Title:
Landscaping pond system and method with variable opening falls and tesserae geometry
Kind Code:
A1


Abstract:
The present invention relates generally to an improved falls box as part of a filtration and water circulation system for artificial ponds and other bodies of water and, more particularly, to an improved falls box of a design and method of use that allows for vertical stacking during storage, the vertical use of a multitude of support grids to fill the cavity, the use of support ribs in an intermediary section to support aesthetic additions, an upper surface that can be opened to orient the horizontal flow across the box and create one or a plurality of artificial falls, the capacity of connecting a plurality of falls boxes in series to create a filtration cross-flow through falls boxes, the use of the falls box in a plurality of ways as a pump vault box in a disappearing water recuperation system either in connection with a falls box, by itself, upside down, in order to create an underground vegetation system, a disappearing falls system, a small pond, or a disappearing falls filter, and a tessellated upper geometry that allows connecting edges between boxes to be joined in a plurality of methods to create complex water surfaces.



Inventors:
Wittstock, Gary Grant (Elburn, IL, US)
Rugg, Jeffrey Lynn (Montgomery, IL, US)
James, Jason E. (Plano, IL, US)
Application Number:
11/274730
Publication Date:
05/17/2007
Filing Date:
11/15/2005
Assignee:
PondSweep Manufacturing Company
Primary Class:
International Classes:
A01K63/00
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Primary Examiner:
PRICE JR, RICHARD THOMAS
Attorney, Agent or Firm:
DYKEMA GOSSETT PLLC (BLOOMFIELD HILLS, MI, US)
Claims:
1. In a landscaping pond system, a tesserae falls box comprising: a container containing liquid having a side wall and a bottom wall, said side wall having a bottom edge and a top edge, wherein said bottom wall attached to said bottom edge of the side wall; and a connecting wall of tessellate shape, said connecting wall also having a bottom edge and a top edge; wherein the bottom edge of said connecting wall attached to said top edge of the side wall.

2. The tesserae falls box of claim 1, wherein part of the outer periphery of the connecting wall is located next to landscaping features and part of the connecting wall is located next to a single or a multiplicity of depressions in order to create a single or a multiplicity of cascades.

3. The tesserae falls box of claim 1, wherein said connecting wall has at least one opening to create a preferential flow of liquid across a surface created by the top edge of the connecting wall.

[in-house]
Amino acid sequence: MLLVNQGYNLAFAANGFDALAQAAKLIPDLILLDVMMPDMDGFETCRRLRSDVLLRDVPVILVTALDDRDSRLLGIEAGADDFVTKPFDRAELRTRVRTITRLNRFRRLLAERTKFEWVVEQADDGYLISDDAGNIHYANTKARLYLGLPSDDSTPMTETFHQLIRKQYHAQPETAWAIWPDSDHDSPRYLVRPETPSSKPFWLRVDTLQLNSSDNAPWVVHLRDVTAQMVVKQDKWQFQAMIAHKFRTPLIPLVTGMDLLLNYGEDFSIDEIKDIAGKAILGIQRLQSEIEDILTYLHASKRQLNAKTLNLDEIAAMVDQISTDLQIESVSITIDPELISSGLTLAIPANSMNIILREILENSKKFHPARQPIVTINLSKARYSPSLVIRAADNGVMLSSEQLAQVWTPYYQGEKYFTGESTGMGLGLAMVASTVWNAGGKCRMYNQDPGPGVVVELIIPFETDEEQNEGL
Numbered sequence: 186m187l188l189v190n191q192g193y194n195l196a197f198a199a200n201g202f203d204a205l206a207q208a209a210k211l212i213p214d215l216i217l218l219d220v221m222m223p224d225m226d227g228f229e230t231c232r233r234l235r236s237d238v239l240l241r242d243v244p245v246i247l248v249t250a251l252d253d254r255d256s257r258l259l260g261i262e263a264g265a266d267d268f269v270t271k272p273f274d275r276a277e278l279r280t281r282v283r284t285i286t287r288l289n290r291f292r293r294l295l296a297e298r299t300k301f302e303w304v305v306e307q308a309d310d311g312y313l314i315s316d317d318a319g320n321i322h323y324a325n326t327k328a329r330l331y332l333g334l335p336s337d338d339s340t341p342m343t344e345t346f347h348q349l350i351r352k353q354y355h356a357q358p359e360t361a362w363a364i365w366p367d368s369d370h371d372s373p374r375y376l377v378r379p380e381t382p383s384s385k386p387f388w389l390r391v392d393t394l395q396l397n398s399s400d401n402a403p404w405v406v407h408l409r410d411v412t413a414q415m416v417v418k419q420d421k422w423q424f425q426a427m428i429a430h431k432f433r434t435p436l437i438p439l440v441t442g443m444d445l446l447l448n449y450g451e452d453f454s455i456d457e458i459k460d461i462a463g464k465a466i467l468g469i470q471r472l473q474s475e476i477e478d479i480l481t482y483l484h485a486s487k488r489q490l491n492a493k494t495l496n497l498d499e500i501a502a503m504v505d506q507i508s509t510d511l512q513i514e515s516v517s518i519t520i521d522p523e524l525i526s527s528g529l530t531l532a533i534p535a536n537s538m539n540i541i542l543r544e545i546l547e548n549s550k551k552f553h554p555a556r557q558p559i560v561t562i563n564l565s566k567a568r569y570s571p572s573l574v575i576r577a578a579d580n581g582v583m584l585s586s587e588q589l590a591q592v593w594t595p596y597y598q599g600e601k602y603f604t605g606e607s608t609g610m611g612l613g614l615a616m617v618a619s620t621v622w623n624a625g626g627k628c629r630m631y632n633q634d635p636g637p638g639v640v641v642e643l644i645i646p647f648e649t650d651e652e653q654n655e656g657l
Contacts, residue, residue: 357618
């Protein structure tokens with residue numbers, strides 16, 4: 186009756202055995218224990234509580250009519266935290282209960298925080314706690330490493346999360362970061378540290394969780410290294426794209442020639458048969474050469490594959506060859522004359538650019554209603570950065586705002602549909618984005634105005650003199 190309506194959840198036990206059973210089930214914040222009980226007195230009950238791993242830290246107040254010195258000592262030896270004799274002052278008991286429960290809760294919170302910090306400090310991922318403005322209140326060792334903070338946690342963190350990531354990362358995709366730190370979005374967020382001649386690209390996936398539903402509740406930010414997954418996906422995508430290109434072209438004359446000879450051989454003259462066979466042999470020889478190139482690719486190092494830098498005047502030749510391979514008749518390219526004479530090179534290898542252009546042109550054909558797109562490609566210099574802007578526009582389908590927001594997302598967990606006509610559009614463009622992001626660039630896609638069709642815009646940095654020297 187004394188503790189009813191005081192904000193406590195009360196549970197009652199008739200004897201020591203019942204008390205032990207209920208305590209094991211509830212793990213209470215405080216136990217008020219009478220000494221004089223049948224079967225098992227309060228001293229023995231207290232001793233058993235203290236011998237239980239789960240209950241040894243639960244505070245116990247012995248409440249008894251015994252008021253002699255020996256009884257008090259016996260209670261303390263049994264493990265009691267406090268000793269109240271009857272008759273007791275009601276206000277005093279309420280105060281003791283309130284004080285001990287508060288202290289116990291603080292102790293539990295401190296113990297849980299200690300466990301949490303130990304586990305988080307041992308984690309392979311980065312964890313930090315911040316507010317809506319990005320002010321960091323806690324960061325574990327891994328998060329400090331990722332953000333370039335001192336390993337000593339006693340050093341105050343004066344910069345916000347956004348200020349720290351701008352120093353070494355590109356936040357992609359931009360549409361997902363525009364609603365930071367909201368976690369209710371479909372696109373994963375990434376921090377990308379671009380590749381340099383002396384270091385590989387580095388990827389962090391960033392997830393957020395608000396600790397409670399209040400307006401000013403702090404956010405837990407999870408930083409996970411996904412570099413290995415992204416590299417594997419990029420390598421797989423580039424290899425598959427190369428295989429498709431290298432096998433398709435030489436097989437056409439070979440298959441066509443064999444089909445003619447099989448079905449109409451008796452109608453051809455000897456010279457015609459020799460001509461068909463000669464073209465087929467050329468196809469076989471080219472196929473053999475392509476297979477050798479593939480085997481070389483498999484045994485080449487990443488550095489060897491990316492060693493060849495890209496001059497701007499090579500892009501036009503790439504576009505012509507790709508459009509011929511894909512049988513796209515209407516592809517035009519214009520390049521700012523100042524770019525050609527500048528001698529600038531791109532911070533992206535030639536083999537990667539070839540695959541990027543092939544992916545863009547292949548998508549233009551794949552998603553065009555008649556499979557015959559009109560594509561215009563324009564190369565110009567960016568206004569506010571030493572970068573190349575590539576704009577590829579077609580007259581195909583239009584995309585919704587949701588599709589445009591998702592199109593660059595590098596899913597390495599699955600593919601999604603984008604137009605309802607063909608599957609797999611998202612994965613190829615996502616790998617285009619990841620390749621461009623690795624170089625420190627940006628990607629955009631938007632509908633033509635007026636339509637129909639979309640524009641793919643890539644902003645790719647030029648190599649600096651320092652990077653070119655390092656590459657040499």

4. The tesserae falls box of claim 1, wherein the falls box is tessellated to at least one related falls box of an associated tessellate shape by a connecting means, creating a composite falls with an upper periphery formed by the union of the surface of each tesserae falls box.

5. The tesserae falls box of claim 1, further comprising a liquid inlet through which liquid is added, said inlet is positioned on the container in order to create a flow of water across the volume of water resulting in a naturally occurring flow or a aesthetically pleasing manmade flow across the surface of falls box.

6. The tesserae falls box of claim 1, wherein the tessellate shape is an isosceles trapezoid.

7. The composite falls of claim 3, wherein the falls boxes are attached together in such a fashion as to create either an irregular shaped mimicking a naturally occurring stream, a body of water, or any other manmade aesthetically pleasing pattern.

8. The composite falls of claim 3, wherein part of the outer periphery of the composite falls is located next to landscaping features and part of the outer periphery is located next to a single or a multiplicity of depressions in order to create a single or a multiplicity of cascades.

9. The composite falls of claim 8, wherein at least one tesserae falls box further comprises a liquid inlet through which liquid is added, said inlet is positioned on the container in order to create a flow of water across the volume of water resulting in a naturally occurring flow or a aesthetically pleasing manmade flow across the surface of the composite falls.

10. The composite falls of claim 7, wherein the side wall of the container is of a geometry allowing vertical stacking falls boxes.